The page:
It is a challenge for human beings to understand their own symbolic systems, because we can never be external to our own cognition. Another challenge is the restrictions that language brings. This is because words crystallize meaning, and precondition our thoughts by providing conceptual frameworks. On the other hand, these two challenges that make it a challenge for us to understand our symbolic systems – being a human with a particular language structure – can as well constitute starting points to understand human symbolic systems.
In order to overcome the restrictions that language provide, the best that we can do is gain a “meta” understanding. Secondly, a historical approach can be employed to understand how human cognition functions. Looking back to the history, understanding the implications of Claude Shannon’s Master’s thesis was the “a-ha” moment for me. Using electricity as a means to deploy human cognition has enabled us to create cognitive structures (not cognizers) for our use.
Understanding these concepts, allowed me to think of the following questions that I would not have thought of otherwise: What are the assumptions we make as we are navigating in our daily life? How do the language that we are using restrict our conceptualizations? How do we delegate and expect agency from artefacts? What is the best way to characterize artefacts with deployed cognition? And finally, what are the consequences of not asking these questions?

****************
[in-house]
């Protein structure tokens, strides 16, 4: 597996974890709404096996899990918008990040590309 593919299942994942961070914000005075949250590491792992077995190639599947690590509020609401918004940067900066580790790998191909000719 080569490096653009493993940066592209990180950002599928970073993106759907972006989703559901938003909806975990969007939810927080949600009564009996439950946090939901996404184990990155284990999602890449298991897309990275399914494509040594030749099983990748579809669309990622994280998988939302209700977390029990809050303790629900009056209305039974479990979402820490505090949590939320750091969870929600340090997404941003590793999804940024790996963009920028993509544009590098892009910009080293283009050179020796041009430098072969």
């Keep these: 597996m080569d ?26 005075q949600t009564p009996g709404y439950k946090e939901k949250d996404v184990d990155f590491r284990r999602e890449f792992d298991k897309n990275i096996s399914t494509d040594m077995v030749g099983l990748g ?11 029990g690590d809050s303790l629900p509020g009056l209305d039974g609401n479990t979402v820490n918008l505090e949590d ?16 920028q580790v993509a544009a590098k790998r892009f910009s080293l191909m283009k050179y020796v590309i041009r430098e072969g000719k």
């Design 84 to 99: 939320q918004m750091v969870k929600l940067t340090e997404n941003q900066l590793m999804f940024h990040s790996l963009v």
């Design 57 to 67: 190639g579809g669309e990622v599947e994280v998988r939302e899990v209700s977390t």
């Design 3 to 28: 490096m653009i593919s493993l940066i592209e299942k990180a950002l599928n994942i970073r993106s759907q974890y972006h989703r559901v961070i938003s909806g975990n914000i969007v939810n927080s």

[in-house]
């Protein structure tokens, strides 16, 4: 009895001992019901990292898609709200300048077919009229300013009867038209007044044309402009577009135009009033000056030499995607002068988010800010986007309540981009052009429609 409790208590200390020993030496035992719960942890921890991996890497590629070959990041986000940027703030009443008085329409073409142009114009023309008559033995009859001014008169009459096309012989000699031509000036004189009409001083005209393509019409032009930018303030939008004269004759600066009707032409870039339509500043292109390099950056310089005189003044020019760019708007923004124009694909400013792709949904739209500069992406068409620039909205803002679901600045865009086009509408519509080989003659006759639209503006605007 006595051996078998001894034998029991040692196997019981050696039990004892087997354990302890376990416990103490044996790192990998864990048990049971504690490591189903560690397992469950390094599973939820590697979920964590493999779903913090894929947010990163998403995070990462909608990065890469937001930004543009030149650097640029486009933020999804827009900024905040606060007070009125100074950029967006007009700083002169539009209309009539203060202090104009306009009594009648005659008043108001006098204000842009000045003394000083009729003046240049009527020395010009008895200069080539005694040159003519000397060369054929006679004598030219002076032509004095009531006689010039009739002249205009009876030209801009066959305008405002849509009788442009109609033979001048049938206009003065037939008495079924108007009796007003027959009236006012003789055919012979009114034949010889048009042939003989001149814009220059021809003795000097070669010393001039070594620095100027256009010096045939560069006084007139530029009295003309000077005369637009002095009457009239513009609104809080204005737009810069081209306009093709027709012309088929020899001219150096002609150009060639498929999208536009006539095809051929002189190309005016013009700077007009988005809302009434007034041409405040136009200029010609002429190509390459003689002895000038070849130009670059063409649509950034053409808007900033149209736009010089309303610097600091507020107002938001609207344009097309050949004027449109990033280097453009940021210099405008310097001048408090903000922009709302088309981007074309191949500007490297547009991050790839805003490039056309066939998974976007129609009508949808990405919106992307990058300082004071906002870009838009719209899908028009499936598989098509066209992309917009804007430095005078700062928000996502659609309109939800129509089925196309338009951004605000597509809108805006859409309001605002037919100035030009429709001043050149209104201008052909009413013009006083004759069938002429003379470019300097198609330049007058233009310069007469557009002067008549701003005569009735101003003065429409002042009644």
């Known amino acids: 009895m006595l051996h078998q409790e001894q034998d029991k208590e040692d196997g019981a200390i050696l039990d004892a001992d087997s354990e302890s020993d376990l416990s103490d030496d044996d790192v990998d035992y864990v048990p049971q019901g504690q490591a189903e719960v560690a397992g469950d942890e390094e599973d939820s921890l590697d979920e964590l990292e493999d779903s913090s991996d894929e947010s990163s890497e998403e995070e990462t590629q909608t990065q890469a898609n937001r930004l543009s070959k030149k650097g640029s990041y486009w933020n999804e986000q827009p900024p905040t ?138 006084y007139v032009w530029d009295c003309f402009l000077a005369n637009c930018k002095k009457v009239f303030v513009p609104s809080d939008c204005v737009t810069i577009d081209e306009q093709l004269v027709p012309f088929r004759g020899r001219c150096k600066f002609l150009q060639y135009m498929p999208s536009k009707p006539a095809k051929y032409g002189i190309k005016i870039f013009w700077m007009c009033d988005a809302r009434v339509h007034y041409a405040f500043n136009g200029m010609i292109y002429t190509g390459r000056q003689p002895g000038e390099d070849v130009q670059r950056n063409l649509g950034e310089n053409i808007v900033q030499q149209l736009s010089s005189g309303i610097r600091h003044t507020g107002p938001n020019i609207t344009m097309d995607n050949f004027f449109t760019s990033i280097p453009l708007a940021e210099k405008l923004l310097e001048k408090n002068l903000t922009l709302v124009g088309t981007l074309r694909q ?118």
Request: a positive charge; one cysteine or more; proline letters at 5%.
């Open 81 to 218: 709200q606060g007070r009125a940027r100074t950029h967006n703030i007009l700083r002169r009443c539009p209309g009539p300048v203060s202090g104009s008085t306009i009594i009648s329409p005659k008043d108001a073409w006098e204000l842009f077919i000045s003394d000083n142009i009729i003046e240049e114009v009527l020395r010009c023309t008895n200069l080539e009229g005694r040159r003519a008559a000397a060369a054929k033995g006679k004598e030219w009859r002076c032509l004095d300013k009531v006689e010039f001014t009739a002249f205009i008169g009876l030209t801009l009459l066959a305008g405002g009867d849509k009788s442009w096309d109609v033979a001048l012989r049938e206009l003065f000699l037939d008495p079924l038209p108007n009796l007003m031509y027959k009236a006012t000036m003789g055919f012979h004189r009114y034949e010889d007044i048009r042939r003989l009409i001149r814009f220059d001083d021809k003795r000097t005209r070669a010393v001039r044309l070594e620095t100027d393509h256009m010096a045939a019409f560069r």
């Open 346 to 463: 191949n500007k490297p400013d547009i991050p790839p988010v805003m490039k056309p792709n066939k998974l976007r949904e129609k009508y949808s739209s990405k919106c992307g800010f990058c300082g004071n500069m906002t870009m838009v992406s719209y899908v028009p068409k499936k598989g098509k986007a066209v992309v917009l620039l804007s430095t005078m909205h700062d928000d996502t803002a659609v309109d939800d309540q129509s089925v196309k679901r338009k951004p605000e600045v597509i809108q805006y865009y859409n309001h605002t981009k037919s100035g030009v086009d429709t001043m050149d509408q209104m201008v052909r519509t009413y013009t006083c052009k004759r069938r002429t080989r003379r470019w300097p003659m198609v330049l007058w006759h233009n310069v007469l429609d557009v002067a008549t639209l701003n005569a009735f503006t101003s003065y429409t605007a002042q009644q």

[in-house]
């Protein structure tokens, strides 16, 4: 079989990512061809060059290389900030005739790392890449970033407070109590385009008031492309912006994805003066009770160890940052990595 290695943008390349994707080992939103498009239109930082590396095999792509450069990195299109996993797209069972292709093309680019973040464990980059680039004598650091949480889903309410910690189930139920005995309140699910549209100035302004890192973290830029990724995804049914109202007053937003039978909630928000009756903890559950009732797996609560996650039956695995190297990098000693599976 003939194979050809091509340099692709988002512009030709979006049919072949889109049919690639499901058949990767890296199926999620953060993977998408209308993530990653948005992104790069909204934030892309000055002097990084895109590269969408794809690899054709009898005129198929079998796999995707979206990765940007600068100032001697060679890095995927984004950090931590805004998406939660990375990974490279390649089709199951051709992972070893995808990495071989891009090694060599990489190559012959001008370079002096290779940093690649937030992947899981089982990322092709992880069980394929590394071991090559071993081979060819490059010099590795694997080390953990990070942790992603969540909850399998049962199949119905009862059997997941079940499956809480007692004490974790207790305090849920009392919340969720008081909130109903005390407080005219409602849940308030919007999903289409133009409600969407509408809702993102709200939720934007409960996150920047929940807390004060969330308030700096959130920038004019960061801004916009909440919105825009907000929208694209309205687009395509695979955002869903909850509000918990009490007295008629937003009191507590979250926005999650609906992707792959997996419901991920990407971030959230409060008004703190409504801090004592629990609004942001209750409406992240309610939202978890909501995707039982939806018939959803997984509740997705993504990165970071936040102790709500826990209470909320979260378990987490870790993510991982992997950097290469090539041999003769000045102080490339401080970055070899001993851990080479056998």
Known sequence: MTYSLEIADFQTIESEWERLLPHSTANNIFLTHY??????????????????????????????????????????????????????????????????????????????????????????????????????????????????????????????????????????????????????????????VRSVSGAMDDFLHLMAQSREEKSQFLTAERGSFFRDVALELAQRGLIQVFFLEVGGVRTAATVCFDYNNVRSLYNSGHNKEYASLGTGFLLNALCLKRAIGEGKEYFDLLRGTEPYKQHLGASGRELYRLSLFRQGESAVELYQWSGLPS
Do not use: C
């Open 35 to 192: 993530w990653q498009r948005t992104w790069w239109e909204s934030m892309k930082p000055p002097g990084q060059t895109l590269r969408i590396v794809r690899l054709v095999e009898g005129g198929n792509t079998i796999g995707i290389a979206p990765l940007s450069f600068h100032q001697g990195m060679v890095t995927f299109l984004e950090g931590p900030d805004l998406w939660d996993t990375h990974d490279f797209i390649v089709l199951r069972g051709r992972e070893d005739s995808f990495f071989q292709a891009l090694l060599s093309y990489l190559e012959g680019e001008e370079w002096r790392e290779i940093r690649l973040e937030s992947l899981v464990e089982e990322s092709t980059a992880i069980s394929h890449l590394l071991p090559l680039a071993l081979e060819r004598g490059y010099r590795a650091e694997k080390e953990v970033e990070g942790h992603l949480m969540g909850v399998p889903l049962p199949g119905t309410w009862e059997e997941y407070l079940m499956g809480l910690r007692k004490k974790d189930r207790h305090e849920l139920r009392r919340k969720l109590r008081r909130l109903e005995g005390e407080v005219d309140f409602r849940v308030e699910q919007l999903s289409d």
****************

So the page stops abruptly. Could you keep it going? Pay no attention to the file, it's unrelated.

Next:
Considering that the way humans digest content is the topic that academically inspire me, the concepts that I have learned throughout the courses further extended my inquiry to the following question: What is the cognitive basis of remediation? Are there any common patterns in remediation of media? Can we observe any patterns in the way that media forms are remediated?
With this perspective, I will propose the following text as a unit of analysis with the conceptual tools at hand: online identity. Approaching online identity as a form of remediation, Bolter and Grusin’s remediation theory can be employed to understand how identity is transferred. Secondly, analyzing an online social media platforms’ interface in regard to the way it simulates person-to-person interaction can be a usefull approach to deblackbox the cognitive processes that take place. Finally, deblackboxing the functionalities and symbols embedded in buttons in online platforms can be useful to understand hoe interacting with a computer can substitute person-to-person interaction.